Today’s students are tech-savvy and have high expectations when it comes to education, which puts pressure on educational institutes.
Teachers, lecturers and academics are all facing new questions about how they can maximise student learning, how to use technological platforms and how they can make most efficient use of their out-of-teaching time to keep students engaged and better collaborate internally.
Added to this is the fact that millions of hours are wasted every year on arranging diaries for meetings, making it complicated and wasting people’s time.
So how can the education sector adapt to accommodate growing expectations from students?
It's time for universities and schools to evolve.
To meet expectations, universities need to ensure their staff are given the best possible platform to support their students. This is where collaboration tools such as Workplace can prove dividends.
Whether it’s to co-ordinate seminars, arrange rotas or share opinions on methods, collaboration technologies are helping teachers stay connected and collaborate better than ever. This ability to work cohesively and conveniently, is a necessity in education.
Collaboration can give teachers the edge and really make a difference. Australian Catholic University (ACU) is one such example.
One of ACU's biggest challenges was finding a way to bring together the 2,500 researchers, educators and support staff who work across ACU's eight campuses.
But by using a collaboration tool like Workplace, ACU saw a number of different benefits:
It can turn ideas into action
For example, the National Sustainability Manager posted a message about disposable coffee cups onto his News Feed, it was seen, shared and commented on by hundreds of staff members, which resulted in a campaign that cut plastic consumption on campus.
Within two and a half months, the university was able to convince all cafe operators on campus to offer staff and students a discount on using reusable cups, instead of their environmentally harmful counterpart.
It can break down structures
Not only this, it can help break down siloed organisational structures, something which made many ACU staff feel disconnected from each other. Many of the university's departments operated as self-sufficient units, with lecturers, researchers and professional staff collaborating inwardly on their own curriculum and services.
Workplace opened up a new kind of peer-to-peer dialogue and inter-departmental knowledge sharing that did not exist at the university before.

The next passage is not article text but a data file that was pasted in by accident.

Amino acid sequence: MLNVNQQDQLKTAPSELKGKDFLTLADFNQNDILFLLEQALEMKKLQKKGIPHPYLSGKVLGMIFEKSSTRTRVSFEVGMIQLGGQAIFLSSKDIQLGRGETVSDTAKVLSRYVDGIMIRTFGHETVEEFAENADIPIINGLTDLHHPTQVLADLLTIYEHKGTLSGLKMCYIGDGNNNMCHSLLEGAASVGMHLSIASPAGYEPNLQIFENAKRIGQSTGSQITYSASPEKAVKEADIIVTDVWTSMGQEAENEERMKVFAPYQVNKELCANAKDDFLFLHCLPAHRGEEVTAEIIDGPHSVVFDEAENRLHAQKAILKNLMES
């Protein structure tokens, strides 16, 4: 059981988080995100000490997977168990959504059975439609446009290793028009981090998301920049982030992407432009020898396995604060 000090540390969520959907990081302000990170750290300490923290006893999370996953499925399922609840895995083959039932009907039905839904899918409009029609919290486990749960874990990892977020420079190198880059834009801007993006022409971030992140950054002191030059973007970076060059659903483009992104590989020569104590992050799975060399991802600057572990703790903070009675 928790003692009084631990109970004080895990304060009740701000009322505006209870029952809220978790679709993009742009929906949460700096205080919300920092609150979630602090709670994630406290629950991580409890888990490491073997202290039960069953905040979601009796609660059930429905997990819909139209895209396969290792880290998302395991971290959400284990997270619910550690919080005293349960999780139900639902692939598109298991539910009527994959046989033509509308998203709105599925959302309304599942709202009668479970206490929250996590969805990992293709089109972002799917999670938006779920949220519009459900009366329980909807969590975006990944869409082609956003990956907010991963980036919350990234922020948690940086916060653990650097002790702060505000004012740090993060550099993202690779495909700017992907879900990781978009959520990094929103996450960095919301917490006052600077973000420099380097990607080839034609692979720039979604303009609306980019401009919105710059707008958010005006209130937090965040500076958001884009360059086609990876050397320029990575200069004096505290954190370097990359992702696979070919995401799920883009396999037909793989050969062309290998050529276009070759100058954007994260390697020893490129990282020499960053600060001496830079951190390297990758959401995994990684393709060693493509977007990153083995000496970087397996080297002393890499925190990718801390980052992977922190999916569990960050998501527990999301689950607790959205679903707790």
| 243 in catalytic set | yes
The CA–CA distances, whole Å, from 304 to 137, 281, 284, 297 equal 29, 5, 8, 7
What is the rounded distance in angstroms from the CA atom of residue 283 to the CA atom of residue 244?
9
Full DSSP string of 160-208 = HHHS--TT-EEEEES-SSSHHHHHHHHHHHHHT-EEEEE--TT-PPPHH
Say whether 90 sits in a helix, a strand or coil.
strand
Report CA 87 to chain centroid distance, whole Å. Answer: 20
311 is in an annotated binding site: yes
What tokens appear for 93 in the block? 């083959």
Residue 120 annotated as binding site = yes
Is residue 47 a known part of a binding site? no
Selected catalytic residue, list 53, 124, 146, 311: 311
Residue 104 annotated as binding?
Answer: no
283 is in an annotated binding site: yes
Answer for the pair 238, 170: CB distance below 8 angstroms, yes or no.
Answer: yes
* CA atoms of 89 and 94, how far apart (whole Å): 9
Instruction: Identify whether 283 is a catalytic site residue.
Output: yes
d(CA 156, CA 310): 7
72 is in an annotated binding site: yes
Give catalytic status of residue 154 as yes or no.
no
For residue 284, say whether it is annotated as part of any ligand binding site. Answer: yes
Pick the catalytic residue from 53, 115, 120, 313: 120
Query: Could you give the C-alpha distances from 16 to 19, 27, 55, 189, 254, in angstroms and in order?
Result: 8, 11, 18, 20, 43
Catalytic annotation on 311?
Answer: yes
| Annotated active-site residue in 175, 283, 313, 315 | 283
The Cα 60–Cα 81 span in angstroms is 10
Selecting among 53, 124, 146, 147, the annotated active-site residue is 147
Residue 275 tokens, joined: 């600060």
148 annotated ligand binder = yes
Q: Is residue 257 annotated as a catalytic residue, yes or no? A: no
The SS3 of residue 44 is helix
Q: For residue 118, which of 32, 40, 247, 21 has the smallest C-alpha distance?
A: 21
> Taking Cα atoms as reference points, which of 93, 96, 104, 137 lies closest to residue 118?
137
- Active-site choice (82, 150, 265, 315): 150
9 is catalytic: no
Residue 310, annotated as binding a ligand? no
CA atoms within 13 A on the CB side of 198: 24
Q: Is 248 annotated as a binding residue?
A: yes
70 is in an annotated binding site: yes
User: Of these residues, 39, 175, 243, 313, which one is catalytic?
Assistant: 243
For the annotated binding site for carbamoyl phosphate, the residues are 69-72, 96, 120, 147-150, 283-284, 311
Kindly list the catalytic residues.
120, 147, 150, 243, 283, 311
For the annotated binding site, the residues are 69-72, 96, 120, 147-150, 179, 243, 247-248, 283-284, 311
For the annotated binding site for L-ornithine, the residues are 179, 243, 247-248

Within just four months of adopting Workplace, 76% of staff in the pilot rollout said their sense of connectedness had improved and 63% said that Workplace created more opportunities to collaborate.
It can replace old tools that don't work
Traditional methods of communication can feel outdated and restrictive - something that ACU also experienced. By implementing Workplace, ACU was able to become more digitally savvy and invigorate their internal communications.
With familiar features like a News Feed, profile pages and tagging options, staff were quickly able to become familiar with Workplace and start trialling new ways of working that didn't include emails and newsletters.
Workplace has enabled ACU to break down the barriers associated with traditional communication, with ACU's then Internal Communication and Engagement Manager, Catherine Snelson stating that Workplace has enabled employees to contribute to the greater good of the entire organisation “by sharing ideas, best practices, resources, and highlighting their accomplishments.”
After four months of piloting Workplace, ACU reported a 13% decrease in perceived reliance on email and a 33% improvement in staff saying that ACU's communication channels made it easy to share updates on projects.
Collaboration beyond education
Collaboration tools aren't just for the education sector. It’s time for organisations of all sizes and sectors to realise the benefits and implement these to help connect teams across multiple locations and departments, simplify communications and inspire all levels of companies to embrace digital and mobile.
Workplace by Facebook helps companies and education institutions collaborate better, making it easier to get things done.
Annette Gevaert, Head of Workplace for Good at Workplace by Facebook
About the Author: Annette is the Head of Workplace for Good at Facebook, the global programme bringing premium work tools to Nonprofits and Educational Institutions.
Since joining Facebook 2.5 years ago she helped organisations large and small to transform the way they work through Workplace, leading the Growth team for Workplace in EMEA. Prior to Facebook Annette built industry communities for suppliers and buyers at Achilles and spent 7 years at SAP. Annette holds an MBA from INSEAD.